She lives in the Zahal’tsi village located west of Borodyanka. Her house was totally destroyed – only the foundations remained. One of the humanitarian organizations built a little modular house for her. We financed the roofing. It is incredible how small are the needs of people who went through so much. The house is less than 20 square meters, but Ms. Kasia is happy that it is warm inside and that she can live in decent conditions. She praised the volunteers from Saint Martin’s Center, including Denys who was our guide, for showing up immediately after the Russians were pushed out of those territories and starting to work as soon as it was possible.
Our way of working was similar to other places that we have visited. Immediately after the main roads leading to the villages that had been occupied were cleared, the Center’s volunteers went to see the situation on the ground. They would visit families that remained after the invasion or returned after liberation. After estimating the damages and in cooperation with the local authorities they would start working, starting from those most in need. Denys told us that he would usually go to work early in the morning and finish off in the evening. He wanted to check as many addresses as possible to allow help being delivered in a smooth and organized way.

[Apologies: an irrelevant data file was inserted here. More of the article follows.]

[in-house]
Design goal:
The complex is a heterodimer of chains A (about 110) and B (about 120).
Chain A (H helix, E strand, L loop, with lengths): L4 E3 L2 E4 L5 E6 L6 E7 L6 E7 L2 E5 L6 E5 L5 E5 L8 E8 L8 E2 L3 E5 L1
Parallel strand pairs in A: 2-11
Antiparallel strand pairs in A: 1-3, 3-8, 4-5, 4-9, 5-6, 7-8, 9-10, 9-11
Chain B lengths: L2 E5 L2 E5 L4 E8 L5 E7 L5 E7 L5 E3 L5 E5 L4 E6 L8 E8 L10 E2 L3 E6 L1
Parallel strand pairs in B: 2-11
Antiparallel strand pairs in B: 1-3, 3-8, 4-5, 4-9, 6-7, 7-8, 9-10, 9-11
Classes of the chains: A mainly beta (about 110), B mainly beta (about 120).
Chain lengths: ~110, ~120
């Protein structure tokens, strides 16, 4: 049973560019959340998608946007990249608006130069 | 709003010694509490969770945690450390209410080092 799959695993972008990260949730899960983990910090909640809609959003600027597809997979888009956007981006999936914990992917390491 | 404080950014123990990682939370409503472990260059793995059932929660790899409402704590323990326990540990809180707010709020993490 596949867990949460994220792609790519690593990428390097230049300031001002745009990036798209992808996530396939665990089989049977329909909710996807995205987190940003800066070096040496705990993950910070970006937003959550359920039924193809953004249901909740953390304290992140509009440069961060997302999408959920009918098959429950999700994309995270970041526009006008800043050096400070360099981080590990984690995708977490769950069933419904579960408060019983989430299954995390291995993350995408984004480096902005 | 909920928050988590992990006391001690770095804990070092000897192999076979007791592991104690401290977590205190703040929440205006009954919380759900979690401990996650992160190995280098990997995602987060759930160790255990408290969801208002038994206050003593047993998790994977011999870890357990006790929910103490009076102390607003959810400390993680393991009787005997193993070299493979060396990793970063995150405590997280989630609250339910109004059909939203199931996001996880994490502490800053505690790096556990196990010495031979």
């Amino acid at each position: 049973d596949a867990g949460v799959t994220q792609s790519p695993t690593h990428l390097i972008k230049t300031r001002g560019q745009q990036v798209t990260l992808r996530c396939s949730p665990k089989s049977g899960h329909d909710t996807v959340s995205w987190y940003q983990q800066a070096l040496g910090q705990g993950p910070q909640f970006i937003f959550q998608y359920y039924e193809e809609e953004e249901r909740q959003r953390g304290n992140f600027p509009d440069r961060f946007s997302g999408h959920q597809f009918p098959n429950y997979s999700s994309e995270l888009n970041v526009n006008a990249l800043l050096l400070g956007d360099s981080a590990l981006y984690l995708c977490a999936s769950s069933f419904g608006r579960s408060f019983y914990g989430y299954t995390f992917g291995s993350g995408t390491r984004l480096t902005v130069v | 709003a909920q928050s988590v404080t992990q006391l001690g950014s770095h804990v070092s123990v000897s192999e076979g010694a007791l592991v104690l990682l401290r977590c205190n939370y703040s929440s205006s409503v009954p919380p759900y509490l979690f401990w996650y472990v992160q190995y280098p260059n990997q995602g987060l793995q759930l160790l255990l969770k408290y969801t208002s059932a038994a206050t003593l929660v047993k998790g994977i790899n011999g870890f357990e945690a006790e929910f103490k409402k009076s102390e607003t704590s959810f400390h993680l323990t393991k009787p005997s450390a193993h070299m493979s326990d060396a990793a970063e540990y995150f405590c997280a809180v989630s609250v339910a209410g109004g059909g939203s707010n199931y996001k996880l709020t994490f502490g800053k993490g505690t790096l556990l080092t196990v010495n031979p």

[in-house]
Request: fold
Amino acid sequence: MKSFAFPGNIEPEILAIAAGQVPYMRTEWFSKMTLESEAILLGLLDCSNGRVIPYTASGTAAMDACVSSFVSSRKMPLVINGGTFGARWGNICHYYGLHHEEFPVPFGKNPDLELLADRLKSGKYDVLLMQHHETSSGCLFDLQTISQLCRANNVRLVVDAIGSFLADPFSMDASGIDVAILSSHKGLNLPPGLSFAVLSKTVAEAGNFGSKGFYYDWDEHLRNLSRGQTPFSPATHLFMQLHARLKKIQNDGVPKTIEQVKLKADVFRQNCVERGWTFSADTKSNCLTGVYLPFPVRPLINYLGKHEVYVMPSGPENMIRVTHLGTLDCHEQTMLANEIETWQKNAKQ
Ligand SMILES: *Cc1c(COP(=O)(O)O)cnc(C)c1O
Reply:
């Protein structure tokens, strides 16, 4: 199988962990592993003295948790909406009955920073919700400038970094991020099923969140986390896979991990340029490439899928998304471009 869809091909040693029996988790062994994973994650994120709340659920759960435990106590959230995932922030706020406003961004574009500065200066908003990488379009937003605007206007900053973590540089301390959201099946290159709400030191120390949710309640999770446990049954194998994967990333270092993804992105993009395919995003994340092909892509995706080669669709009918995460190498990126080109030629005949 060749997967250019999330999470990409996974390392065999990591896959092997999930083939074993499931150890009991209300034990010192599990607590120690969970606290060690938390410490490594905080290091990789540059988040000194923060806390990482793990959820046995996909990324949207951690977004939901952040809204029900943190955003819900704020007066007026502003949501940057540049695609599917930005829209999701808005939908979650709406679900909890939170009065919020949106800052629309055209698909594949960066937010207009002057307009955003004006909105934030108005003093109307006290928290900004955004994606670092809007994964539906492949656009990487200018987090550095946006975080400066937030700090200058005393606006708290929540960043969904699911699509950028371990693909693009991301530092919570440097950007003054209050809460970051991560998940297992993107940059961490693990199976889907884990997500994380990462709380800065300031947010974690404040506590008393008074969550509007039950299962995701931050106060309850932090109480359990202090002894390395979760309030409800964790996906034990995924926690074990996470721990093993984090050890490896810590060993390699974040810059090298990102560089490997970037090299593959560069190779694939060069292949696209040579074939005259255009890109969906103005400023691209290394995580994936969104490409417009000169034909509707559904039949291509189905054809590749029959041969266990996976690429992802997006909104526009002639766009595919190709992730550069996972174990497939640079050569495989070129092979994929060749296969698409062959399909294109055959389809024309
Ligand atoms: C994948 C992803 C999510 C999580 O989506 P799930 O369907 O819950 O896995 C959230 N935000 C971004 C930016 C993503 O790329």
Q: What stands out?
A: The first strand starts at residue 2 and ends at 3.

We did not have enough time to meet with more families. We visited, among others, Ludmila who is a preschool teacher. During the occupation, she was staying with her family in Zhitomir. She went back home as soon as it was possible. We helped to fix the roof over her house as well.
Saint Martin’s Center
An important part of our trip was the chance to get a closer look at work carried out by Saint Martin’s Center in Fastiv ran by a Dominican friar Father Misha. The center has existed for several years. Before the current war, its main activity was providing care to orphans and organizing camps for children from Donbas. When the war erupted, the Center’s volunteers started humanitarian action. First they carried out evacuation of children from eastern Ukraine, then they started providing food and cleaning products to people from the liberated Kyiv oblast. They also began fixing houses. Currently, they look after, among others, internally displaced people and provide humanitarian aid to places in the east, such as Bakhmut, Kharkiv, Kherson and Izyum.
Every morning there is a briefing in the Center’s cafe where volunteers receive their tasks. Everyone is very determined and devoted to their work. Among the volunteers there are also two Poles – Marzena and Staszek.
One of the permanent activities of Saint Martin’s Center is running a school and an integrated preschool and it has not been ceased despite the war. We were nicely surprised to find out that Polish language is one of the things that children learn over there. The Centers activities are characterized by a high level of organization. Everyone here has a role to play and tries to fulfill it to the best of his or her abilities. It is of course the merit of Father Misha, but also all the other people involved in the Center’s mission.